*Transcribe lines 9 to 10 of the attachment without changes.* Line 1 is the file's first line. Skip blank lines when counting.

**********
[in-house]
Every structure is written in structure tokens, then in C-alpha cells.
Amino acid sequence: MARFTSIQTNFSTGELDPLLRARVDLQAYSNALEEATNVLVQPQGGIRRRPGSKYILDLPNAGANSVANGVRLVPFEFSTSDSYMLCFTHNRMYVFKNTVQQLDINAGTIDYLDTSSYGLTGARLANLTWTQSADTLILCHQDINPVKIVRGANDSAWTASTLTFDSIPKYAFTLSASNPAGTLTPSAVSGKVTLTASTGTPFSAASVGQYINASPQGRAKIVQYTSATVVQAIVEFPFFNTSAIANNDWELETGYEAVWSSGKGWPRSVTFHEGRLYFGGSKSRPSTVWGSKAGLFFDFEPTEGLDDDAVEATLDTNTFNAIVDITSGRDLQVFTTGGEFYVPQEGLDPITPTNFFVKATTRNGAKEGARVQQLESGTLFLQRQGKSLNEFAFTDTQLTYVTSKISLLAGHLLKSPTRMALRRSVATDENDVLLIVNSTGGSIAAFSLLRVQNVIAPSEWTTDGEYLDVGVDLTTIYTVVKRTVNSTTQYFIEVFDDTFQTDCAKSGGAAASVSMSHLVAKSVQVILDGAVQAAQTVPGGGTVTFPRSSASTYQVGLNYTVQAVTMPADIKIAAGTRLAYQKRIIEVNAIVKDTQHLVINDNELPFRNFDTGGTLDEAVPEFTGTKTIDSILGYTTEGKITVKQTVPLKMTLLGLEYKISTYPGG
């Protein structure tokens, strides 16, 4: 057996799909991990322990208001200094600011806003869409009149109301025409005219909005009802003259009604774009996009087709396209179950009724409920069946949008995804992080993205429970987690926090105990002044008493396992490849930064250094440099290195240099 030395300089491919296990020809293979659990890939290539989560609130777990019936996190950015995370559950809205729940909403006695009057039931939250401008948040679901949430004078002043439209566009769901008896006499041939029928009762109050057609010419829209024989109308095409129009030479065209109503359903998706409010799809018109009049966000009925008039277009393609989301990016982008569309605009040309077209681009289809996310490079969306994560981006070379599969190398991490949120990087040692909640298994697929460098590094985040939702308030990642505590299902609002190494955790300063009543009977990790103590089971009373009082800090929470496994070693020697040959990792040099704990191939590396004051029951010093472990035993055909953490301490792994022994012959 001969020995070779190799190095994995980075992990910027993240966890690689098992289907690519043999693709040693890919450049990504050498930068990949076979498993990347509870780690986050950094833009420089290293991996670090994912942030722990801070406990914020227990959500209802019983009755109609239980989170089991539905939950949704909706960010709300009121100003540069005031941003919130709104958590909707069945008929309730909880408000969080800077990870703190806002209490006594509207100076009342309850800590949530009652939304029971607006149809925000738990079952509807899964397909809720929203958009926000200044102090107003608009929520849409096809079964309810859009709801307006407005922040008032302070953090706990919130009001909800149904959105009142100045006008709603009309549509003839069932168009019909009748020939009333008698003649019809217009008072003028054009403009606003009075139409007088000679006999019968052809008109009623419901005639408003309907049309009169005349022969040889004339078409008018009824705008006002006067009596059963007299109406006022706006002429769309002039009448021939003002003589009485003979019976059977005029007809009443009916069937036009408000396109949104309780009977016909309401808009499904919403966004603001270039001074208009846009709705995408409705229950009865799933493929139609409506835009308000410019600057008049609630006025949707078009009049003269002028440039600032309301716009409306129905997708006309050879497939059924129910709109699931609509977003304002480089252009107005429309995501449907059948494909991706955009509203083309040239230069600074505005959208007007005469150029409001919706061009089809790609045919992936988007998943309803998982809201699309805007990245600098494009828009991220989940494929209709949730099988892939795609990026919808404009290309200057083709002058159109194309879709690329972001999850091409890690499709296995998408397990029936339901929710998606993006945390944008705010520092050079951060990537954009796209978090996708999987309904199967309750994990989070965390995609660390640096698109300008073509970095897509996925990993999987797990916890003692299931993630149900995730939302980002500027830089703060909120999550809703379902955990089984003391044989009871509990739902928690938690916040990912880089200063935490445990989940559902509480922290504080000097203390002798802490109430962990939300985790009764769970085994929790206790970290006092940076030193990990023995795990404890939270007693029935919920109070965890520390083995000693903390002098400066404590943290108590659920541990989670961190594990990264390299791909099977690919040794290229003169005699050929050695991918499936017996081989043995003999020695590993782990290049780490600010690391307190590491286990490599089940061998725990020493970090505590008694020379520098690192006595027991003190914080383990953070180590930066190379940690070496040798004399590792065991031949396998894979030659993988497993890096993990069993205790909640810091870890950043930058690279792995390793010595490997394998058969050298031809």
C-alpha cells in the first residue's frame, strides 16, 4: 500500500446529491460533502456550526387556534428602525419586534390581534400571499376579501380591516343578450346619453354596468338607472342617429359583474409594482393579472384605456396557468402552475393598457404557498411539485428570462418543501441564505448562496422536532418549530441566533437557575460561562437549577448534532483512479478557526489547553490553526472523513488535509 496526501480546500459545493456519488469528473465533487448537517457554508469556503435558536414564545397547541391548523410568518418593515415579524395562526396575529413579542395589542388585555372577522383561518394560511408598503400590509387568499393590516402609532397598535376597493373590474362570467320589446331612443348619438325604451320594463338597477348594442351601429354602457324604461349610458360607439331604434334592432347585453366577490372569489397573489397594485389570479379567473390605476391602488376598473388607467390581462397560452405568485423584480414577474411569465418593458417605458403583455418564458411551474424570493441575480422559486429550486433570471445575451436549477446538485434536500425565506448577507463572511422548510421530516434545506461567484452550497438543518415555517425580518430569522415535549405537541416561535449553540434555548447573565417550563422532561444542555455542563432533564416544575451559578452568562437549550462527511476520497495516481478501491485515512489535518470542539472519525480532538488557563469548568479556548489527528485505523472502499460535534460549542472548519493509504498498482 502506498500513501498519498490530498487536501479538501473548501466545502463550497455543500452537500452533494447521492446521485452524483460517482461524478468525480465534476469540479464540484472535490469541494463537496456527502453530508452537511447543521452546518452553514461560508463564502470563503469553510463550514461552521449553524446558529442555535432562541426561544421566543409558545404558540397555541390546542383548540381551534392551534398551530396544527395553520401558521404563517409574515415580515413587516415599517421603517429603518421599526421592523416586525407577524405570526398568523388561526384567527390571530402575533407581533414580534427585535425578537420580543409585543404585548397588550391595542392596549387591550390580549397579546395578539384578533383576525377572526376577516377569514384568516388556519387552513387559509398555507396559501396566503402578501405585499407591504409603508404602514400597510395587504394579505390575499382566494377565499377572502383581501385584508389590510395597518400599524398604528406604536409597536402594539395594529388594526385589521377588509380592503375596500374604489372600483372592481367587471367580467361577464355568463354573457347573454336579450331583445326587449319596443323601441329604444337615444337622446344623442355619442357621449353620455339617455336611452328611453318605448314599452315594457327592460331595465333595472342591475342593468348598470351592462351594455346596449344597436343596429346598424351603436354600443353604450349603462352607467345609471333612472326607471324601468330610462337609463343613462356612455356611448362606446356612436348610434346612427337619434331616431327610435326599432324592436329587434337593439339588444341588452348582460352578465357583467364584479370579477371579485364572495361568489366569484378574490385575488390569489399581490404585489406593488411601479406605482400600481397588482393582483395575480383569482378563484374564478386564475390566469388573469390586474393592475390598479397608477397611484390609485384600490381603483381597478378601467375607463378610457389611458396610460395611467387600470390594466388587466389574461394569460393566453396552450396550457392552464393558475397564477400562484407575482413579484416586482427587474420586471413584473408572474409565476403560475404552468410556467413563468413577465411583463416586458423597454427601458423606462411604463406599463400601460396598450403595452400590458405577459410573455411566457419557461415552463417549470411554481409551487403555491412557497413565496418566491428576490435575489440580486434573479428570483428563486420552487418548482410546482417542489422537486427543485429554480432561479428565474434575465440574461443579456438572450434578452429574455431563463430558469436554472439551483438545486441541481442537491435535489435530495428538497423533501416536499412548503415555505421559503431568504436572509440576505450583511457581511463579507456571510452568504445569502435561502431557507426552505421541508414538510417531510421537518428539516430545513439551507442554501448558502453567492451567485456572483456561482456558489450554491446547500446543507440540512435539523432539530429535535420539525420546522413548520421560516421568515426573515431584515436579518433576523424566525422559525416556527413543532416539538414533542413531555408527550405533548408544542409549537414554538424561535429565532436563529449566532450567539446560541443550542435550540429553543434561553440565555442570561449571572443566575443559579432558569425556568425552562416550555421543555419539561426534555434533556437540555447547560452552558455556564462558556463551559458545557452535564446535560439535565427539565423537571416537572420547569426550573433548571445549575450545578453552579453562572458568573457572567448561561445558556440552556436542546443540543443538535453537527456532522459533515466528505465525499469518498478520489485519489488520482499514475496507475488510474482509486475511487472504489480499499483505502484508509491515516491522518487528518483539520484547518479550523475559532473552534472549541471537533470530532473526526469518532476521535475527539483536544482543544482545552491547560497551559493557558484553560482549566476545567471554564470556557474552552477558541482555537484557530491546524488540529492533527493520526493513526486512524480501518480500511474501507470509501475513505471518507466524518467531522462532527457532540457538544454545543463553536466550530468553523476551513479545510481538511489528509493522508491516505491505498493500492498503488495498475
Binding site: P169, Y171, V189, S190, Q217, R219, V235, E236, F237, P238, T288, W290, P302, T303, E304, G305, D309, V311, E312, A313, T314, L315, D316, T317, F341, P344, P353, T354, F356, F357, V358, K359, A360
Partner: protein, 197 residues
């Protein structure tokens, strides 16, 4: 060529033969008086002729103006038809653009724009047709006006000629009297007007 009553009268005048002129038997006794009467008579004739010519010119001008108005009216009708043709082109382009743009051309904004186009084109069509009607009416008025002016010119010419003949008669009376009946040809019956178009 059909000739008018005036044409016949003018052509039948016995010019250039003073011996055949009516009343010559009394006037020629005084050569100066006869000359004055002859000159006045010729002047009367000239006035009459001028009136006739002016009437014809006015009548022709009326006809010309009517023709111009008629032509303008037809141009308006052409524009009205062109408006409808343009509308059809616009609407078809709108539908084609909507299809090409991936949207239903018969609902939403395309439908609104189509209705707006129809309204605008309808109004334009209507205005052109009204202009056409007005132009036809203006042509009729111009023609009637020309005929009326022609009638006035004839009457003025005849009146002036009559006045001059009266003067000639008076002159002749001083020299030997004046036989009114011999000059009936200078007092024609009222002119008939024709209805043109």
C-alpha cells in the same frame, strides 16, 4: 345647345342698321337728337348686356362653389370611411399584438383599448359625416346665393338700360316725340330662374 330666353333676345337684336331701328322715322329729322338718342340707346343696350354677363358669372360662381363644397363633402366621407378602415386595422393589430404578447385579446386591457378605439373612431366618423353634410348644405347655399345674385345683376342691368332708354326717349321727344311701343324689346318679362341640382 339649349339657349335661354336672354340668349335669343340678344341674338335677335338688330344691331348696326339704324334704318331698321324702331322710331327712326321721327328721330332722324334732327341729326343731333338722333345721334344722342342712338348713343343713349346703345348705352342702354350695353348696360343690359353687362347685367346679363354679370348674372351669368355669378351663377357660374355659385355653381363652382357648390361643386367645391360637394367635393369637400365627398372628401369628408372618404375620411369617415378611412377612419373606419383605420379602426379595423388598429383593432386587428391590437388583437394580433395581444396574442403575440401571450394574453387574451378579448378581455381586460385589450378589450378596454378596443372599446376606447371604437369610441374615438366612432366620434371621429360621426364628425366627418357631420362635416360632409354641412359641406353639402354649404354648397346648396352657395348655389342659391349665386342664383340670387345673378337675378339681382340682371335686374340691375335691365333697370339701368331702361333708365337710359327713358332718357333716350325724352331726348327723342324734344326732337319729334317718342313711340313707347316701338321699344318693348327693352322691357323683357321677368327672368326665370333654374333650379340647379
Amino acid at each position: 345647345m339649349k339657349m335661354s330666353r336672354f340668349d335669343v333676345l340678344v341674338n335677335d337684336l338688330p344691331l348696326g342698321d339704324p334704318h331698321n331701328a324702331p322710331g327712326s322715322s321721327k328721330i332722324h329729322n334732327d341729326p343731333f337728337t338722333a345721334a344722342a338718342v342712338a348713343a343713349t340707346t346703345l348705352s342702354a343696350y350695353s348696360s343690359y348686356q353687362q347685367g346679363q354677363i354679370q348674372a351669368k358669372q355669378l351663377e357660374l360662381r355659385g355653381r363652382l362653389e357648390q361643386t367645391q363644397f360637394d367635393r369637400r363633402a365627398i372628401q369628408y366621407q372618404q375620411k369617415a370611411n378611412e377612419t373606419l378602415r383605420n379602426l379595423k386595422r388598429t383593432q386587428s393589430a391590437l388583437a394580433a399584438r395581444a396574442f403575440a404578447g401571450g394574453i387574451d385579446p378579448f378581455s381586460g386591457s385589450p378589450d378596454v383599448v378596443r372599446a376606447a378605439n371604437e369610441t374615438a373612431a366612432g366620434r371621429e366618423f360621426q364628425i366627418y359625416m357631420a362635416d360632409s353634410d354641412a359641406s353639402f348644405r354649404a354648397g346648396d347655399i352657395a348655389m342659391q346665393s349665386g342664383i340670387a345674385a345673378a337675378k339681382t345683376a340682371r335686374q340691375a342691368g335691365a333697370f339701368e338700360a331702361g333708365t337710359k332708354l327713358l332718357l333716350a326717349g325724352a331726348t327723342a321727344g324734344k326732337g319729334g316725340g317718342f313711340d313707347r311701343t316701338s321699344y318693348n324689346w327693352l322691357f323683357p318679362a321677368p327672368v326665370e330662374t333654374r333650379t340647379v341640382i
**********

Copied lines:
C-alpha cells in the same frame, strides 16, 4: 345647345342698321337728337348686356362653389370611411399584438383599448359625416346665393338700360316725340330662374 330666353333676345337684336331701328322715322329729322338718342340707346343696350354677363358669372360662381363644397363633402366621407378602415386595422393589430404578447385579446386591457378605439373612431366618423353634410348644405347655399345674385345683376342691368332708354326717349321727344311701343324689346318679362341640382 339649349339657349335661354336672354340668349335669343340678344341674338335677335338688330344691331348696326339704324334704318331698321324702331322710331327712326321721327328721330332722324334732327341729326343731333338722333345721334344722342342712338348713343343713349346703345348705352342702354350695353348696360343690359353687362347685367346679363354679370348674372351669368355669378351663377357660374355659385355653381363652382357648390361643386367645391360637394367635393369637400365627398372628401369628408372618404375620411369617415378611412377612419373606419383605420379602426379595423388598429383593432386587428391590437388583437394580433395581444396574442403575440401571450394574453387574451378579448378581455381586460385589450378589450378596454378596443372599446376606447371604437369610441374615438366612432366620434371621429360621426364628425366627418357631420362635416360632409354641412359641406353639402354649404354648397346648396352657395348655389342659391349665386342664383340670387345673378337675378339681382340682371335686374340691375335691365333697370339701368331702361333708365337710359327713358332718357333716350325724352331726348327723342324734344326732337319729334317718342313711340313707347316701338321699344318693348327693352322691357323683357321677368327672368326665370333654374333650379340647379
Amino acid at each position: 345647345m339649349k339657349m335661354s330666353r336672354f340668349d335669343v333676345l340678344v341674338n335677335d337684336l338688330p344691331l348696326g342698321d339704324p334704318h331698321n331701328a324702331p322710331g327712326s322715322s321721327k328721330i332722324h329729322n334732327d341729326p343731333f337728337t338722333a345721334a344722342a338718342v342712338a348713343a343713349t340707346t346703345l348705352s342702354a343696350y350695353s348696360s343690359y348686356q353687362q347685367g346679363q354677363i354679370q348674372a351669368k358669372q355669378l351663377e357660374l360662381r355659385g355653381r363652382l362653389e357648390q361643386t367645391q363644397f360637394d367635393r369637400r363633402a365627398i372628401q369628408y366621407q372618404q375620411k369617415a370611411n378611412e377612419t373606419l378602415r383605420n379602426l379595423k386595422r388598429t383593432q386587428s393589430a391590437l388583437a394580433a399584438r395581444a396574442f403575440a404578447g401571450g394574453i387574451d385579446p378579448f378581455s381586460g386591457s385589450p378589450d378596454v383599448v378596443r372599446a376606447a378605439n371604437e369610441t374615438a373612431a366612432g366620434r371621429e366618423f360621426q364628425i366627418y359625416m357631420a362635416d360632409s353634410d354641412a359641406s353639402f348644405r354649404a354648397g346648396d347655399i352657395a348655389m342659391q346665393s349665386g342664383i340670387a345674385a345673378a337675378k339681382t345683376a340682371r335686374q340691375a342691368g335691365a333697370f339701368e338700360a331702361g333708365t337710359k332708354l327713358l332718357l333716350a326717349g325724352a331726348t327723342a321727344g324734344k326732337g319729334g316725340g317718342f313711340d313707347r311701343t316701338s321699344y318693348n324689346w327693352l322691357f323683357p318679362a321677368p327672368v326665370e330662374t333654374r333650379t340647379v341640382i